Running late and loaded with luggage, you stagger into the airline terminal, only to find a long zigzag line of more edgy travelers, toeing their bags forward and nervously eyeing their watches.
Inching along, you curse the queues that seem to be everywhere you go, but especially those that hold you up at times like these. It may be some comfort to learn that your irritation is much on the minds of a growing number of companies. And many are moving to do something about it.
American Airlines, in an effort to streamline the check-in service at its Logan Airport terminal in Boston, last year called in a specialist in what until recently had been an arcane field -- the mathematics of queues. He is MIT professor Richard C. Larson, who's been a trouble-shooter for everything from banks with long waiting lines to jammed 911 emergency call lines.
With evaluation of passengers' waiting times the first order of business, Mr. Larson immediately went to the mat -- literally. Technicians from QED, the Cambridge, Mass., consulting company of which Mr. Larson is chairman, installed pressure-sensitive rubber mats on the floor in front of American's ticket counters. Each time a customer approached or left the ticket counter, his foot pressure marked the precise time, and electronic devices embedded in the mat sent that information to a computer.
Profile of a ticket line
Knowing only the time each transaction began and ended, Mr. Larson was able to profile the waiting situation at American's ticket counters. His tool was his own invention, the Queue Inference Engine, which applied powerful statistics and probability formulas to the data collected by the floor mat.
The Inference Engine, he says, determines not only "service times" -- how long each transaction takes -- but also average waiting times, how many customers wait longer than a given length of time and even how many "bail out" of a long line.
Lynn Heitman, American's general manager at Logan, says Mr. Larson "produced a very detailed report for us, about how long people were standing in queues. And they cut it all different ways, by hour of day, day of week, trends over a long time period." Patterns emerged -- such as the heavy-flight periods TC when the counters were not adequately staffed. "The data helped us plan staffing to more specifically match the demand at different times."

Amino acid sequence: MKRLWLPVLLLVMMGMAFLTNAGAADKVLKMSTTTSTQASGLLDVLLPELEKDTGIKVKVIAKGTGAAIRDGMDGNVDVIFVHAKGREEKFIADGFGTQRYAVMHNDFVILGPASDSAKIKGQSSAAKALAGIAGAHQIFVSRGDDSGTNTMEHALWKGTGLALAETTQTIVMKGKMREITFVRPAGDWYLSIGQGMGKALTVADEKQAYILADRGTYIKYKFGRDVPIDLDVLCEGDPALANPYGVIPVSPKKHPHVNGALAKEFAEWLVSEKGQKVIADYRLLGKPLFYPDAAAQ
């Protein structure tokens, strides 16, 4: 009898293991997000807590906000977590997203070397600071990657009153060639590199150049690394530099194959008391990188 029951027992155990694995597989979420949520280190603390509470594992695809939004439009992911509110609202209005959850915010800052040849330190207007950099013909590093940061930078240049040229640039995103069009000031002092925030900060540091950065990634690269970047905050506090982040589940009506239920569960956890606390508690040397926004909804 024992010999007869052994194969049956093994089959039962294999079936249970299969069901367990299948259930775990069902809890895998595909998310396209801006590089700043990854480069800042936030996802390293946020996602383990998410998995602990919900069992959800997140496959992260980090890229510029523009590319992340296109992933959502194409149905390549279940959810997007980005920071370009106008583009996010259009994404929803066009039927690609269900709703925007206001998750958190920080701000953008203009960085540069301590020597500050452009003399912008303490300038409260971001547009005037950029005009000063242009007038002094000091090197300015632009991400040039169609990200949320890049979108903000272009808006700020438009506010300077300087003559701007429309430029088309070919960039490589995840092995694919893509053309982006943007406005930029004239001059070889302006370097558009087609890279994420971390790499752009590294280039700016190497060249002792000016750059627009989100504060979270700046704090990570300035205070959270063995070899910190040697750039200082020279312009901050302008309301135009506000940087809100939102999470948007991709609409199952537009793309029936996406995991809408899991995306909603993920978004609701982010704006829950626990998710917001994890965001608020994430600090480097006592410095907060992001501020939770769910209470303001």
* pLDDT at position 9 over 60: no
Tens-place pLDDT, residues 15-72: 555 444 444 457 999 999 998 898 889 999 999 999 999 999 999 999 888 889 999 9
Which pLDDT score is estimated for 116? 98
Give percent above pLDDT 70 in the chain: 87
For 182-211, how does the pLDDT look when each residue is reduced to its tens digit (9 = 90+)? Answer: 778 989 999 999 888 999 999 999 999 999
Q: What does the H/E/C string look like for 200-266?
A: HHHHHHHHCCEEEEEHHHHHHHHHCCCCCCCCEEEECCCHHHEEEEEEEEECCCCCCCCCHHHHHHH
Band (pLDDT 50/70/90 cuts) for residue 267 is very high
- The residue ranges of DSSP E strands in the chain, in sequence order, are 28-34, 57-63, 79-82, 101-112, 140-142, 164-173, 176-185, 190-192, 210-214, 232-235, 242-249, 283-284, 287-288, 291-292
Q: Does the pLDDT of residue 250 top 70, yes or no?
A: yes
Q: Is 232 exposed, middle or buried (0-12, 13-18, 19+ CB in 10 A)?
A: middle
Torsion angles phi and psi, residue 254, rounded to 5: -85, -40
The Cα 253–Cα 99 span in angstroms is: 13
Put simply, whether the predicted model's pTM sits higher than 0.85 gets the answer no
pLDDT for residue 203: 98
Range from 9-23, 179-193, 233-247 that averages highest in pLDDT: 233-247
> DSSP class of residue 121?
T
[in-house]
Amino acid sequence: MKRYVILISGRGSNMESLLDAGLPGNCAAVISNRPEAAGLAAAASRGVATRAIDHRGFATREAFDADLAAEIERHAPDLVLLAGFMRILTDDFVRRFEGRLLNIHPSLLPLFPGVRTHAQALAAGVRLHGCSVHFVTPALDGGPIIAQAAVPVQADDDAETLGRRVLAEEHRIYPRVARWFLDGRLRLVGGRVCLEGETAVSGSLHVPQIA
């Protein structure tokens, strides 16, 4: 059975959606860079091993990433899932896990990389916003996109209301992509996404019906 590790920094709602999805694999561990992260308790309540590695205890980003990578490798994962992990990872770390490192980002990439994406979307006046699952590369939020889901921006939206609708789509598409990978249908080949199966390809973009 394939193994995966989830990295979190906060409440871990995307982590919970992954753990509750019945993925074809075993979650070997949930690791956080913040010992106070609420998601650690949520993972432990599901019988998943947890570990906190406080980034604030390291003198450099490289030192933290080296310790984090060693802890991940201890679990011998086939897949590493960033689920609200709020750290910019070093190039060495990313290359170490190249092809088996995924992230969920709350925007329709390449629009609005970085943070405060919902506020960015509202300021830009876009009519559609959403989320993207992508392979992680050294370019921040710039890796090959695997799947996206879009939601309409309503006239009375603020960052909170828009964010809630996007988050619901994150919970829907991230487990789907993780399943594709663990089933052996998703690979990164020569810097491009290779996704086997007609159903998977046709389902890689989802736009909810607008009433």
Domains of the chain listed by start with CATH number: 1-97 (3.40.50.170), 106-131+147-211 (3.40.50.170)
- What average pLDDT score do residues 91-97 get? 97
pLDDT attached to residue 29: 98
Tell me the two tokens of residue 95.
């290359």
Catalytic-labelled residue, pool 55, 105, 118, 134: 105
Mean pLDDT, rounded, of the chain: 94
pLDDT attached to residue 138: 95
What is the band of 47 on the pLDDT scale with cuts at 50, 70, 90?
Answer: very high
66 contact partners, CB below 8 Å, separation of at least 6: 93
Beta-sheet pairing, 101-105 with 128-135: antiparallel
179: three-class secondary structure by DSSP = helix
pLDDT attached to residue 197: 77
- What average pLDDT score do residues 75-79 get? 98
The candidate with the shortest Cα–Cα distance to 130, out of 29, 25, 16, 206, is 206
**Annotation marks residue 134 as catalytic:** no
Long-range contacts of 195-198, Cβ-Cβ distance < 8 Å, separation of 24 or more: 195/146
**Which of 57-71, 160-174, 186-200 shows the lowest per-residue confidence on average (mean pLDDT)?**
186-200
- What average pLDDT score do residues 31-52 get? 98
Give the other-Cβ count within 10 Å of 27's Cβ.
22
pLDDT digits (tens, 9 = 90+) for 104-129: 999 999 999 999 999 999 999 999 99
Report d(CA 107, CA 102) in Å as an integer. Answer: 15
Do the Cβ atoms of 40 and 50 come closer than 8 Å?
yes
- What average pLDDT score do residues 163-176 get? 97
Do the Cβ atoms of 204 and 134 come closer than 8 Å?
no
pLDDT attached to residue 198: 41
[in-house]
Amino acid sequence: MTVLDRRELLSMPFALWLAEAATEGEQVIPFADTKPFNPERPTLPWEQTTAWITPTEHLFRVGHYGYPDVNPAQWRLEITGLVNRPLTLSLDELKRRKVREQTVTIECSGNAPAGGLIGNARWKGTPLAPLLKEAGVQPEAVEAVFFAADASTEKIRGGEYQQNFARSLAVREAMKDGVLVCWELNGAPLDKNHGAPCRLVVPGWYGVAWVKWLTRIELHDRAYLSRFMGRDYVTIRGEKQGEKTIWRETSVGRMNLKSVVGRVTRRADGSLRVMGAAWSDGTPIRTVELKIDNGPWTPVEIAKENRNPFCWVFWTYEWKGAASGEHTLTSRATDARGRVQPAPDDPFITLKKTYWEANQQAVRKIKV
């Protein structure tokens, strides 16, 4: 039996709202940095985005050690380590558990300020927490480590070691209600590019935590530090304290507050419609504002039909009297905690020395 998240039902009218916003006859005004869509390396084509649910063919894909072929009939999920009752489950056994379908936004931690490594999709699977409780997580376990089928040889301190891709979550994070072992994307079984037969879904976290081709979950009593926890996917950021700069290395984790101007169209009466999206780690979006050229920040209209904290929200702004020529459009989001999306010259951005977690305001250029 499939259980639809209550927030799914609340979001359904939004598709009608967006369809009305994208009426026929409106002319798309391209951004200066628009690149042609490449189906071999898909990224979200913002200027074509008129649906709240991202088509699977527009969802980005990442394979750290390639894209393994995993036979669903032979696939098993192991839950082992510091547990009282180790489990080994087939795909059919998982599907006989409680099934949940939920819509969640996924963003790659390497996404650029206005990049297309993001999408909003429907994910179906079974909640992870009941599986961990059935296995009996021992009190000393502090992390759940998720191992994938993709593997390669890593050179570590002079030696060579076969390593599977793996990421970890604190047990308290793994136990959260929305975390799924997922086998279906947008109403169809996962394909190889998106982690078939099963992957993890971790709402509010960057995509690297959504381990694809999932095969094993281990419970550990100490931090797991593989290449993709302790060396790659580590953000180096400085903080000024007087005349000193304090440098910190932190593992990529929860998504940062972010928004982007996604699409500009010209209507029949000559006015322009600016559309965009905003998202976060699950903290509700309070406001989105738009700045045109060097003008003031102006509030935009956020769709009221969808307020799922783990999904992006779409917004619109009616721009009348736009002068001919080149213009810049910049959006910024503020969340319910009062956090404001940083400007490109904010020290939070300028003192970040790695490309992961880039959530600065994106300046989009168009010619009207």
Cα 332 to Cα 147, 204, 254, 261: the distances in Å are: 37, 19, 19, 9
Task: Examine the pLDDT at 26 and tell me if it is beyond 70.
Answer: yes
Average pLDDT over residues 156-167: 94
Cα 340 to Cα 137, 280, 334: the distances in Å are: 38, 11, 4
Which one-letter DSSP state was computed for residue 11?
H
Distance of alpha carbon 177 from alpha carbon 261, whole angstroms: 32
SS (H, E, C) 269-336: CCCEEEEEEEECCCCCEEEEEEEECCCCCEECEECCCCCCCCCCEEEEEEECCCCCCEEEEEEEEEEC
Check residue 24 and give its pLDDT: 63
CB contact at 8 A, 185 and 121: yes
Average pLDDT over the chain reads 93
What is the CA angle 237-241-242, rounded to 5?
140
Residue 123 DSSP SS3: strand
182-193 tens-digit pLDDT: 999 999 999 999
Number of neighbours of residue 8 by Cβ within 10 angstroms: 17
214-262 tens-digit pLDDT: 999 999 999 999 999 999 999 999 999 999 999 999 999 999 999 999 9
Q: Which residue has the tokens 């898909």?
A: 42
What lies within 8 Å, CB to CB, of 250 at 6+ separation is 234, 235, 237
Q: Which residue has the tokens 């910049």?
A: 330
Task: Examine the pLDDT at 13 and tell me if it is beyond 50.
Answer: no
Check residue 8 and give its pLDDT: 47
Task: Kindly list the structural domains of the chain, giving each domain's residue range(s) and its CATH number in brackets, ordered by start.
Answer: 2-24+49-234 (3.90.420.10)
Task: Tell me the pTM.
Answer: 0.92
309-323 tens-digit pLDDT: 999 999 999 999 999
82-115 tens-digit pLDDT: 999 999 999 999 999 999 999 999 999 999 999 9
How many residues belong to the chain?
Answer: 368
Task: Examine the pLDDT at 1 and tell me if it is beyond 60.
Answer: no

Mr. Larson is an expansive fellow who delights in the lore of queues (the term the British as well as mathematicians use for lines), and he's fascinated by the behavior of people standing in lines. He also doesn't like to wait any more than anyone else, and he no longer wears a watch, noting, "I find I'm not as impatient and agitated now when I have to wait."
Disney's 'queue management'
The Walt Disney theme parks could be called the kingdom of queue management. Ever since the opening of the original Disneyland in Anaheim, Calif., in 1956, a division of operations specialists has been seeking ways to move people more efficiently through attractions, to conceal the wait ahead, or at least to keep the lines entertained.
"We call it 'guestology,' " said Al Shacklett, manager of industrial engineering development for the theme parks, which refer to their customers as "guests."
What's happening at Disney is a microcosm of the service industry everywhere. With people feeling busier than ever, with less and less time to fit in everything they want to do, they're more and more annoyed by wasted time.
"Americans are very picky about how they spend their time, and they want to be guaranteed they will get the most value for their money," Mr. Shacklett said. Over the years, Americans "have gotten more and more demanding" of quick service.
Disney engineers, mindful that theirs is no longer the only game in town, have developed tools for analyzing capacities and waiting times at attractions in their parks in California, Florida, France and Japan.
They've been fairly successful, but don't to ask them for the details. "We're fairly tight-lipped about them," adds Mr. Shacklett.
Some of the tenets of successful guestology are no secret. For example:
No. 1. Keep waits to a maximum of 15 minutes.
This isn't easy given the shifting volume of Disney "guests." And longer waits are unavoidable at some of the more popular rides.
That's when other guestology strategies come in.
No. 2. Give them entertainment.
"People who wait 30 minutes feel as if it's 45 minutes, but if they're being entertained, it can feel like less," says Mr. Shacklett. Well-designed sideshows in the waiting area can "set the mood" for the main event.
No. 3. Hide the queue from view, so people aren't scared off.
"Some attractions have been designed to conceal the queue," says Mr. Shacklett. Pirates of the Caribbean, for instance, "has this huge hidden queue area, and people don't realize it" until, after already having waited in line, they enter it. But it's not total deception; signs are updated to indicate how long the delay will be, a tactic Mr. Shacklett and Mr. Larson say generally mollifies customers.
One line or more?
While there are many debates about the merits of queuing variations, one ongoing argument pits the single snake-like queue found in most banks and fast-food restaurants against the multiple lines still found in McDonald's, for example.
On average, Mr. Larson says, the wait is about the same. In multiple lines, there is more chance that either you'll be served ahead of people who got there before you but are stuck in slower lines, or that you'll be the one standing behind "the Little League coach ordering for his whole team."
The single queue, he says, fosters "social justice" because the first-come, first-served principle is never violated.
"I like the snake lines," he added, "but my wife, who's spent a lot of time in New York, likes the free-form system. She's more aggressive, and she beats everybody" to the service counter."